New Delhi: Close to 100 private trusts, many of them established by big firms to manage their employees’ retirement savings, have lost tax concessions because they failed to comply with the norms of the state-run Employees’ Provident Fund Organisation (EPFO).
EPFO can revoke income-tax (I-T) exemptions granted to such trusts if they fail to comply with guidelines requiring them to submit balance sheets and other documents and incorporate rule changes introduced by it from time to time.
“Around 100 defaulters have lost their exemption status this year,” said P. Sudhakar Babu, additional central commissioner in charge of compliance at EPFO. “While a few cases are still pending with us, several have already sent the required documents to us.”
Babu said most of the trusts belonged to the jute industry but declined to name any of the private trusts or the companies that had established them.
Currently, there are 2,589 tax exempted private trusts that manage as much as Rs67,132 crore, close to 28% of EPFO’s corpus. EPFO directly manages Rs1.76 trillion.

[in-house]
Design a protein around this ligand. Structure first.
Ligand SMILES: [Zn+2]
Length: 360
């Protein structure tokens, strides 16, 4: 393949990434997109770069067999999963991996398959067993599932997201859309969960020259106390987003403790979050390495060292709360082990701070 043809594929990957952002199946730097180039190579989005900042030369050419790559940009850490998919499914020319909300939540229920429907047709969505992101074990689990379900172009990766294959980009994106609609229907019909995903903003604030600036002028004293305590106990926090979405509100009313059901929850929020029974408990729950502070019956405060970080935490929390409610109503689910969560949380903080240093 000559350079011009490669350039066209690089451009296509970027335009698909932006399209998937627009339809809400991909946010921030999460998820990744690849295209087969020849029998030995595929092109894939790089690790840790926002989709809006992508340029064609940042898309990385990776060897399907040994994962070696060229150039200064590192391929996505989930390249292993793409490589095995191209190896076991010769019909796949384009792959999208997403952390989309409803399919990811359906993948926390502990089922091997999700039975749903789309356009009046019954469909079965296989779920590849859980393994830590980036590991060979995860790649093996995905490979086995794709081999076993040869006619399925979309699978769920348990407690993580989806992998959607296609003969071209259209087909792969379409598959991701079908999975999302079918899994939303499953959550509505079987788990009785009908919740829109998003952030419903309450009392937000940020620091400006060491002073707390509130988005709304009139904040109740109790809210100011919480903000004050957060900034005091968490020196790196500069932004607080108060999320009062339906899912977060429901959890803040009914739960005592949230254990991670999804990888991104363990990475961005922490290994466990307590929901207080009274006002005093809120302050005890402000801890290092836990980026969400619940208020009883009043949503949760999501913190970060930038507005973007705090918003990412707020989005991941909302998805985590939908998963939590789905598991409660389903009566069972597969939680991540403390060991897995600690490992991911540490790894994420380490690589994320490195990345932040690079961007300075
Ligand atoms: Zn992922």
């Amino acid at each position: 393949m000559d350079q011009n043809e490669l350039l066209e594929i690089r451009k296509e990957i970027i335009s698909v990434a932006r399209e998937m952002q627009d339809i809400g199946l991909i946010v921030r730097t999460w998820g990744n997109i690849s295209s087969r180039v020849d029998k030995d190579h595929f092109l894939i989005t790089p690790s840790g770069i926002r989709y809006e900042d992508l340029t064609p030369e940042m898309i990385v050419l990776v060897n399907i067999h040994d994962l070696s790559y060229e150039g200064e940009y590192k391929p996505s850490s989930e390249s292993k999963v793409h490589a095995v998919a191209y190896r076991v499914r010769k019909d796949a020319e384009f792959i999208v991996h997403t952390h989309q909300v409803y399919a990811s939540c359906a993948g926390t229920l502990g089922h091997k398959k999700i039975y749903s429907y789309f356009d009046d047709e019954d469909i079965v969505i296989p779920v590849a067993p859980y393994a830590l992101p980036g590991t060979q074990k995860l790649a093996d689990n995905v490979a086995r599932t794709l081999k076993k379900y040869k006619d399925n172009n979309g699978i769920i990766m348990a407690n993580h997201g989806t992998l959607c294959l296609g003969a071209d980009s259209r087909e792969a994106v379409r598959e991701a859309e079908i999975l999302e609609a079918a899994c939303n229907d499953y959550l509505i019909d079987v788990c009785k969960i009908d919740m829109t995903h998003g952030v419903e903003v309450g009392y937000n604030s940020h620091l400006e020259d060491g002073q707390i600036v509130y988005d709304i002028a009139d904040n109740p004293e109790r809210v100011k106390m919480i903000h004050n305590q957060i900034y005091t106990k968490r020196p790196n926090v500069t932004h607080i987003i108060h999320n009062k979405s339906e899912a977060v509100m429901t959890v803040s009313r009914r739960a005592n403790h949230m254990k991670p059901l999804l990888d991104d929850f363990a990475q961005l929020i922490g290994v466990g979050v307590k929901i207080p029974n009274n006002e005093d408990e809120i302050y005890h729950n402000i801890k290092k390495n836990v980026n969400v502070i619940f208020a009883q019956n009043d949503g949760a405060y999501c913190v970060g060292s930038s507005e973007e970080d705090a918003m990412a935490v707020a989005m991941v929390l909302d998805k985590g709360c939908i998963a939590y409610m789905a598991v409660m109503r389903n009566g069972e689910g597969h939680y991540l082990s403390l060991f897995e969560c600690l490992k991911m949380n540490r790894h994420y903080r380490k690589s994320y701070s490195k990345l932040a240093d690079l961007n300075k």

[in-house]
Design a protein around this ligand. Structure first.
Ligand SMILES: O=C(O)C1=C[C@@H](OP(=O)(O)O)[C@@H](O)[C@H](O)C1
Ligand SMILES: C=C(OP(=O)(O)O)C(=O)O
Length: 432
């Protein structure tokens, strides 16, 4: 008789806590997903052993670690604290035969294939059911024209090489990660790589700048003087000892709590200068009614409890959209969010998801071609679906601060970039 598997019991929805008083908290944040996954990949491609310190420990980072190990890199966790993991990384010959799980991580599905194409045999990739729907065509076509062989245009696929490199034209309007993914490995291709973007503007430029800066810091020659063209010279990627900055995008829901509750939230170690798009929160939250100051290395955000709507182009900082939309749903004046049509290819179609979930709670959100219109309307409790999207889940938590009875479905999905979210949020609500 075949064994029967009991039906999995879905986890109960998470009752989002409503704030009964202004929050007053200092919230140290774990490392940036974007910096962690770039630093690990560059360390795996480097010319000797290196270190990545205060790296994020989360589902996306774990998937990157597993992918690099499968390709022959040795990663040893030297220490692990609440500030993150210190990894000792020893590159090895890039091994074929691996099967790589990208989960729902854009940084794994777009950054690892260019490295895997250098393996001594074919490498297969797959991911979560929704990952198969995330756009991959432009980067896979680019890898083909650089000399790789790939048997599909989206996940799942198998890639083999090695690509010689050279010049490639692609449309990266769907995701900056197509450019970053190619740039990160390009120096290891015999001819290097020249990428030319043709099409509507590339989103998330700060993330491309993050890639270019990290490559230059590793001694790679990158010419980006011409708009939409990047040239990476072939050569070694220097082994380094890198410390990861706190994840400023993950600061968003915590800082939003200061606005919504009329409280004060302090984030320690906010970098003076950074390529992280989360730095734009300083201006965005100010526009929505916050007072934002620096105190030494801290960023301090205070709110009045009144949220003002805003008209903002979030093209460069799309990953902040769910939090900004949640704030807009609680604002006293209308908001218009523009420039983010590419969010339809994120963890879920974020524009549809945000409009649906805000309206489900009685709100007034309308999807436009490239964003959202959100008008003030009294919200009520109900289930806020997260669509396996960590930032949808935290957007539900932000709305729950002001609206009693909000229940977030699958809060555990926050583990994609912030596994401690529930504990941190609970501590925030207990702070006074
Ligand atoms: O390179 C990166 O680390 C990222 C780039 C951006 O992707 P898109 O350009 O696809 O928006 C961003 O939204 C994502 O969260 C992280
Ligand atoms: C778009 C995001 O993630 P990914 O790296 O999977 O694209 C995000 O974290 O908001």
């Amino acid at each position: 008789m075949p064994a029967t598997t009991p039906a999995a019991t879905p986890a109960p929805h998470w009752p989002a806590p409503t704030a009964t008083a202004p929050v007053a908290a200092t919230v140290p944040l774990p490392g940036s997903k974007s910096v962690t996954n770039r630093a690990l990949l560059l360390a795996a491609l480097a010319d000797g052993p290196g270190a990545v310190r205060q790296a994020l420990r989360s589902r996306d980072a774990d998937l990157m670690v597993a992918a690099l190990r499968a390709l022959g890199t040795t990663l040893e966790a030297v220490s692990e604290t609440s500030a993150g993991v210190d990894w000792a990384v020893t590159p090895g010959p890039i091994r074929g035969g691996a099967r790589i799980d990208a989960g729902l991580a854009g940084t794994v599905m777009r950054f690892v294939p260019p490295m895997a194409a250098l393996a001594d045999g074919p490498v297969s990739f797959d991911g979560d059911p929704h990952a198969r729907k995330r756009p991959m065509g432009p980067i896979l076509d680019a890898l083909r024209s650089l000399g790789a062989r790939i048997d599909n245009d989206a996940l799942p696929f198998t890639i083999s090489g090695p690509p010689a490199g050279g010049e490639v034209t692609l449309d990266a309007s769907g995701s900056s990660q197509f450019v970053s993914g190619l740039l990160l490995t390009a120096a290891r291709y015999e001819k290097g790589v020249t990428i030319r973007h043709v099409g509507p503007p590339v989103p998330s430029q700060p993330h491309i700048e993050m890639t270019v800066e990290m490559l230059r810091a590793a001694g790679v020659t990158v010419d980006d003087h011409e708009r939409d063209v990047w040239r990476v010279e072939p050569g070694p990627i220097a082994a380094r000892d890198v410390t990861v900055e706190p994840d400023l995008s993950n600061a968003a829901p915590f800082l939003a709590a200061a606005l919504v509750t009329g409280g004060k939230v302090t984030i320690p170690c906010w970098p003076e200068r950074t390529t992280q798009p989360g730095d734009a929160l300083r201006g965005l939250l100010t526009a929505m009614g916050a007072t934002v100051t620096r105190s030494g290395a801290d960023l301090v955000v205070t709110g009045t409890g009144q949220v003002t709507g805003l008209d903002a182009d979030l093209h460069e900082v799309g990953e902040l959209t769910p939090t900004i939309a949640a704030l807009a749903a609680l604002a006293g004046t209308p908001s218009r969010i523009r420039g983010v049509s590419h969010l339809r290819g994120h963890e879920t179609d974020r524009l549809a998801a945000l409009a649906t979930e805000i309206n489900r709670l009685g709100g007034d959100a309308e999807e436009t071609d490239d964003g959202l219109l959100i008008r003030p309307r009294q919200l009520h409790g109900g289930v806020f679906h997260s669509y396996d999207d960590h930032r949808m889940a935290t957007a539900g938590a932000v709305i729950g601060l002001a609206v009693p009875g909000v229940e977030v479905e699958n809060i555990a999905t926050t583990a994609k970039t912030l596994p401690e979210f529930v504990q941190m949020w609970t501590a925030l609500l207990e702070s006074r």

Under I-T benefits offered to these trusts, the contribution of employers to an employee’s provident fund is treated as a deductible expenditure and the income of the trust is not subject to tax.
Employees’ contributions is tax-deductible under section 80C of the I-T Act and withdrawals by members are not liable to tax in their hands.
In February, Mint reported that around 462 private trusts could lose tax benefits if they failed to comply with EPFO rules. The trusts, identified as defaulters for non-compliance, were managing a collective corpus of at least Rs728 crore.